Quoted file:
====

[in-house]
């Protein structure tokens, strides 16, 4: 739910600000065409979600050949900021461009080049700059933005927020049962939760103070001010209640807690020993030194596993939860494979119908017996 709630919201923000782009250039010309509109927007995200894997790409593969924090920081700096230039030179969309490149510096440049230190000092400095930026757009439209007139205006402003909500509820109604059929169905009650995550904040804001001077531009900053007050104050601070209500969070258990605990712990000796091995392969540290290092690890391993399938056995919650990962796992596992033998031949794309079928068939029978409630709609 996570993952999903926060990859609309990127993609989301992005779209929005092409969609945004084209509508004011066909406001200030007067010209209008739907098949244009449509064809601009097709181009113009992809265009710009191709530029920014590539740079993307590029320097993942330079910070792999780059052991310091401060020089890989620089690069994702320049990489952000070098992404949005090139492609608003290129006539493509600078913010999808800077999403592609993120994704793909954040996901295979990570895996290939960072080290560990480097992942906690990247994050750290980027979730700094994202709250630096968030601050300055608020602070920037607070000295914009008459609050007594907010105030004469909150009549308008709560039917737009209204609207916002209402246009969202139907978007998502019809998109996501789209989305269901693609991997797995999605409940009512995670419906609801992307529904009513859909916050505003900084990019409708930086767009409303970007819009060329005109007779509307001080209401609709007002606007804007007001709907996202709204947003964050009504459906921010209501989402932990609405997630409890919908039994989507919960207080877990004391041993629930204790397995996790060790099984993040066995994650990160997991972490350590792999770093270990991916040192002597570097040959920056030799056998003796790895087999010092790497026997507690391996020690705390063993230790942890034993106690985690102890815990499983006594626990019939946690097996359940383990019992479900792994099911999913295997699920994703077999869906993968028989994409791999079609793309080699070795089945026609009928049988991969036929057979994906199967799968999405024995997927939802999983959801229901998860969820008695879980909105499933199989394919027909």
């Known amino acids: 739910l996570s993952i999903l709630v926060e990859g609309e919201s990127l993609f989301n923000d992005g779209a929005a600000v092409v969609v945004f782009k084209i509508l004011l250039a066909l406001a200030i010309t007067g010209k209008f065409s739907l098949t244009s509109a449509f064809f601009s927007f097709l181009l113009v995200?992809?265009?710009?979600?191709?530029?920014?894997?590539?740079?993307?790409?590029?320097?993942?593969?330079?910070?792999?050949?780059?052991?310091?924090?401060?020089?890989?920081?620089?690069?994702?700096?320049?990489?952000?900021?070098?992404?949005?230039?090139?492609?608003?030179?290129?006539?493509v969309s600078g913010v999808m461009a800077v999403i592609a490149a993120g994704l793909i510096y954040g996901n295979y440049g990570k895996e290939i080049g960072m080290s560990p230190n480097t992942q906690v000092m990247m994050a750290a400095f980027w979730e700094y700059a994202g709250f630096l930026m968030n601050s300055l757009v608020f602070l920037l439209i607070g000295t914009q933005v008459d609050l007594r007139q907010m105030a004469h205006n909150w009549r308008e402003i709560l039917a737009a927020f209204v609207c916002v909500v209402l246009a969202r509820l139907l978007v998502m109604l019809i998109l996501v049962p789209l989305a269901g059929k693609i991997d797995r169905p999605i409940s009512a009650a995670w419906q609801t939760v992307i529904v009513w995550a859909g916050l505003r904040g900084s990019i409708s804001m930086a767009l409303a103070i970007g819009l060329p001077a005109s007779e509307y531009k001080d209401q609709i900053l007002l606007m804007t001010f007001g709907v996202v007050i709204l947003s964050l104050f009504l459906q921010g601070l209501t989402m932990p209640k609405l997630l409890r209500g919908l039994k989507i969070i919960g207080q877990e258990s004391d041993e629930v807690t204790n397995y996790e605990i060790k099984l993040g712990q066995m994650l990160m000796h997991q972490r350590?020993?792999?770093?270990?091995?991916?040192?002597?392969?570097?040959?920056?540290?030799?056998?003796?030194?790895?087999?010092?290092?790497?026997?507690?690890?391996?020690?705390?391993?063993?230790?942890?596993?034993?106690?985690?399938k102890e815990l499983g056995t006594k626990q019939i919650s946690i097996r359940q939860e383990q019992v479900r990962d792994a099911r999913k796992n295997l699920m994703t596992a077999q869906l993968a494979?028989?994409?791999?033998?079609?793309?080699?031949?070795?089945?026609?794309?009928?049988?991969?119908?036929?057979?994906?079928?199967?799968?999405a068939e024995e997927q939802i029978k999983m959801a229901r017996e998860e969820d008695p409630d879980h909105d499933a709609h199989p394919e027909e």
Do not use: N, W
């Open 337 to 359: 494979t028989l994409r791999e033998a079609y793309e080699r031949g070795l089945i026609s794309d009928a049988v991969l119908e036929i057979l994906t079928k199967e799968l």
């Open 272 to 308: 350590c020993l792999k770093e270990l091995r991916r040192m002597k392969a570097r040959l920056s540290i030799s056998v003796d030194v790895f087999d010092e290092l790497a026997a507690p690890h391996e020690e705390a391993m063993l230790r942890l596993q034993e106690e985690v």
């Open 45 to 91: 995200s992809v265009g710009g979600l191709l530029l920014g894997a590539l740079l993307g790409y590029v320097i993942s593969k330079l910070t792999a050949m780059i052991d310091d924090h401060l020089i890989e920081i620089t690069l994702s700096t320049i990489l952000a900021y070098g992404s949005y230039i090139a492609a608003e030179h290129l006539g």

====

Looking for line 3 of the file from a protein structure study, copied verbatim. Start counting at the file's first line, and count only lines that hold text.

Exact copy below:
């Known amino acids: 739910l996570s993952i999903l709630v926060e990859g609309e919201s990127l993609f989301n923000d992005g779209a929005a600000v092409v969609v945004f782009k084209i509508l004011l250039a066909l406001a200030i010309t007067g010209k209008f065409s739907l098949t244009s509109a449509f064809f601009s927007f097709l181009l113009v995200?992809?265009?710009?979600?191709?530029?920014?894997?590539?740079?993307?790409?590029?320097?993942?593969?330079?910070?792999?050949?780059?052991?310091?924090?401060?020089?890989?920081?620089?690069?994702?700096?320049?990489?952000?900021?070098?992404?949005?230039?090139?492609?608003?030179?290129?006539?493509v969309s600078g913010v999808m461009a800077v999403i592609a490149a993120g994704l793909i510096y954040g996901n295979y440049g990570k895996e290939i080049g960072m080290s560990p230190n480097t992942q906690v000092m990247m994050a750290a400095f980027w979730e700094y700059a994202g709250f630096l930026m968030n601050s300055l757009v608020f602070l920037l439209i607070g000295t914009q933005v008459d609050l007594r007139q907010m105030a004469h205006n909150w009549r308008e402003i709560l039917a737009a927020f209204v609207c916002v909500v209402l246009a969202r509820l139907l978007v998502m109604l019809i998109l996501v049962p789209l989305a269901g059929k693609i991997d797995r169905p999605i409940s009512a009650a995670w419906q609801t939760v992307i529904v009513w995550a859909g916050l505003r904040g900084s990019i409708s804001m930086a767009l409303a103070i970007g819009l060329p001077a005109s007779e509307y531009k001080d209401q609709i900053l007002l606007m804007t001010f007001g709907v996202v007050i709204l947003s964050l104050f009504l459906q921010g601070l209501t989402m932990p209640k609405l997630l409890r209500g919908l039994k989507i969070i919960g207080q877990e258990s004391d041993e629930v807690t204790n397995y996790e605990i060790k099984l993040g712990q066995m994650l990160m000796h997991q972490r350590?020993?792999?770093?270990?091995?991916?040192?002597?392969?570097?040959?920056?540290?030799?056998?003796?030194?790895?087999?010092?290092?790497?026997?507690?690890?391996?020690?705390?391993?063993?230790?942890?596993?034993?106690?985690?399938k102890e815990l499983g056995t006594k626990q019939i919650s946690i097996r359940q939860e383990q019992v479900r990962d792994a099911r999913k796992n295997l699920m994703t596992a077999q869906l993968a494979?028989?994409?791999?033998?079609?793309?080699?031949?070795?089945?026609?794309?009928?049988?991969?119908?036929?057979?994906?079928?199967?799968?999405a068939e024995e997927q939802i029978k999983m959801a229901r017996e998860e969820d008695p409630d879980h909105d499933a709609h199989p394919e027909e």